In general, most Western Christians and non-believers alike tend to associate God with “upper space” (i.e., heaven, higher power) and the devil with “lower space” (i.e., depths of hell, underground). New research published in Religion, Brain, & Behavior provides more support for these associations by demonstrating that these associations do exist and become stronger when people are reminded of their own death.
“The systematic use of vertical space when expressing religious contents is not merely an artistic feature but rather reflects a strategy of knowledge representation. According to the conceptual metaphor theory, verticality is a basic aspect of human life, and is therefore co-opted for various metaphorical associations such as valence, power, numerosity, or religious values,” wrote study author Michael Rihs and colleagues.
One’s religious beliefs extend beyond the belief in God. For example, religiosity can influence beliefs about death, the afterlife, and general existence. Terror management theory suggests that being aware of or reminded of one’s own death (i.e., mortality salience) can result in inner fear, which can then lead people to cling more strongly to their personal and cultural worldviews as a defense mechanism.
Research recruited 150 undergraduates to participate in this study for course credit. All participants took an implicit association test (IAT), which measures automatic associations between two concepts by having participants categorize words into appropriate categories. In this case, participants categorized words like “Lord” and “Satan” to the categories of “God” or “Devil.”
They then tested associations between words like “Top” and “Bottom” with categories of “Up” and “Down.” Lastly, they combined these tests and had participants associate words like “Almighty” and “Lucifer” with the categories described in the previous tests. The target-concept association was also reversed, and participants did the trials again, but associating words in the opposite categories. Half of the participants did the reversed tests first.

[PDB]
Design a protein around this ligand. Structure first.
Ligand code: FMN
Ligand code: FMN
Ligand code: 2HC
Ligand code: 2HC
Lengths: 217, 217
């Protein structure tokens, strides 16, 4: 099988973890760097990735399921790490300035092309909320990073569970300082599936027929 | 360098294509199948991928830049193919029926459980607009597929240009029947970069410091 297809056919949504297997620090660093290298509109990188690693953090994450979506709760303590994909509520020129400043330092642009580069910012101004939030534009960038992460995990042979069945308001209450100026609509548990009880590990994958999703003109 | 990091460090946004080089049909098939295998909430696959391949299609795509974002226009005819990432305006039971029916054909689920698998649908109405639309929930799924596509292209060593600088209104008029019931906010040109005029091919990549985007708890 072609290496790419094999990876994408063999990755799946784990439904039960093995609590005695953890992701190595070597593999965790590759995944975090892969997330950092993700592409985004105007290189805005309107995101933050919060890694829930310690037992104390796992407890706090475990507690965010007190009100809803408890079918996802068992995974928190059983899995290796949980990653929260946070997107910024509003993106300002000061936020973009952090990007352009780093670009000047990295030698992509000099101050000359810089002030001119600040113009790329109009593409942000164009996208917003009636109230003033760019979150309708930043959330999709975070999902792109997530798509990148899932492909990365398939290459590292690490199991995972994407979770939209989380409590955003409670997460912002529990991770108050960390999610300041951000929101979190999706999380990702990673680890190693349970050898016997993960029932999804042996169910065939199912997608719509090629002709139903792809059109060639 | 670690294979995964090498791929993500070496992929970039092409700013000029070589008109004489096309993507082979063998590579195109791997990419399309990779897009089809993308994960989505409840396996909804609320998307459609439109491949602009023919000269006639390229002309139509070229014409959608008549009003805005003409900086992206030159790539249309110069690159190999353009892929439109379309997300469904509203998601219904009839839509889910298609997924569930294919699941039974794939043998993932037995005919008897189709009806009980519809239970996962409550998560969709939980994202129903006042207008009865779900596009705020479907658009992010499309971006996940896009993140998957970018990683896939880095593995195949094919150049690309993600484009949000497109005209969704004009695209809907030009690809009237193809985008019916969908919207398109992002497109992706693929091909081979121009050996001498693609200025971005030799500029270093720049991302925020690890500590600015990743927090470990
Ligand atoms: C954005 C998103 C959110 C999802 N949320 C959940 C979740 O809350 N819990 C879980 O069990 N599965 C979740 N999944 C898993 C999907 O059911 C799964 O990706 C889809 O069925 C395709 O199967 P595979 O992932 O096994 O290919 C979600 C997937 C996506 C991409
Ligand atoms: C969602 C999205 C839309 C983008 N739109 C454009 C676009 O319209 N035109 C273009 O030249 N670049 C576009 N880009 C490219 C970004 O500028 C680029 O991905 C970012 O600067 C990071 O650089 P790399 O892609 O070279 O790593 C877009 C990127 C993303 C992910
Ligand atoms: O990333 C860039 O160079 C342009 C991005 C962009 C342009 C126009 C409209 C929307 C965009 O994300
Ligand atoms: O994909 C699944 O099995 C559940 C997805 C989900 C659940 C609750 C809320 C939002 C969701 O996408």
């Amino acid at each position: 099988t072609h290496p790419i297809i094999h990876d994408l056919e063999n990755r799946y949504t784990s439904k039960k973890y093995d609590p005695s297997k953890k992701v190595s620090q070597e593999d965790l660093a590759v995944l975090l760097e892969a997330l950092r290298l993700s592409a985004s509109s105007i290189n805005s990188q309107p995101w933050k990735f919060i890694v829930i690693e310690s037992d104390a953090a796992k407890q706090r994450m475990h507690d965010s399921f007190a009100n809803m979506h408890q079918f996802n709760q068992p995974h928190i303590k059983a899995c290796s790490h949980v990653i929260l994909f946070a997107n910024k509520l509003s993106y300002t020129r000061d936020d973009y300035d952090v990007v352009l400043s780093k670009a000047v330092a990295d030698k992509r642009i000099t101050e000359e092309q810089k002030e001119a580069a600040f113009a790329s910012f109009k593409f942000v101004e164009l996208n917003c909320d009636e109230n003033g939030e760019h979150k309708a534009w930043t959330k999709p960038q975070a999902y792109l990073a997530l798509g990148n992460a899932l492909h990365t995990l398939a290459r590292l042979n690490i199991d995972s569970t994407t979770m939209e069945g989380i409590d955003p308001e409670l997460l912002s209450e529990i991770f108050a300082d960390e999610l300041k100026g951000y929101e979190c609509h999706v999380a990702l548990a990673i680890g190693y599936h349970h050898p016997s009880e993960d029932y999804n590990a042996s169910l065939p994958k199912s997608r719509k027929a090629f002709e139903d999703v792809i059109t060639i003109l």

After the first IAT session, participants were randomly assigned to either the mortality salience or control condition. Mortality salience was introduced by having participants describe the emotions they felt when they think about their own death. The control group wrote about the emotions they feel when they think of a tooth root treatment. After this and two distractor tasks, participants completed the second IAT session. All participants also filled out measures of self-esteem at the beginning of the experiment and measures of general positive or negative mood in between the IAT sessions as a distractor task.
Results show that implicit associations of “God” with “Up” and “Devil” with “Down” did not differ between the groups on the first IAT session. However, these associations were stronger for the second IAT session for those in the mortality salience group compared to the control group. Interestingly, the control group showed a reduction in these associations at the second session.
Researchers recruited a smaller sample of 16 people to do the same procedure but instead of writing about a tooth treatment they copied a neutral text. Results show this group to have similar results to the original control group: a reduction in the expected implicit associations. Further analysis on effects of self-esteem showed that mortality salience did affect IAT scores in those with low and medium self-esteem scores, but not those with high self-esteem scores.
“The results are in line with earlier evidence that [mortality salience] automatically increases religious belief on an implicit level. In addition to this, the results provide insights into the cascade of cognitive processes triggered by [mortality salience]. Specifically, the results show that the activation of the target-concepts (God and devil) by [mortality salience] automatically activates the spatial association of these concepts (i.e., the source-concept).”
The researchers cite some limitations of their work and recommendations for future research such as the inclusion of a measurement of belief in God as changes to these implicit associations may vary depending on a person’s level of belief.
The study, “God is up and devil is down: mortality salience increases implicit spatial-religious associations“, was authored by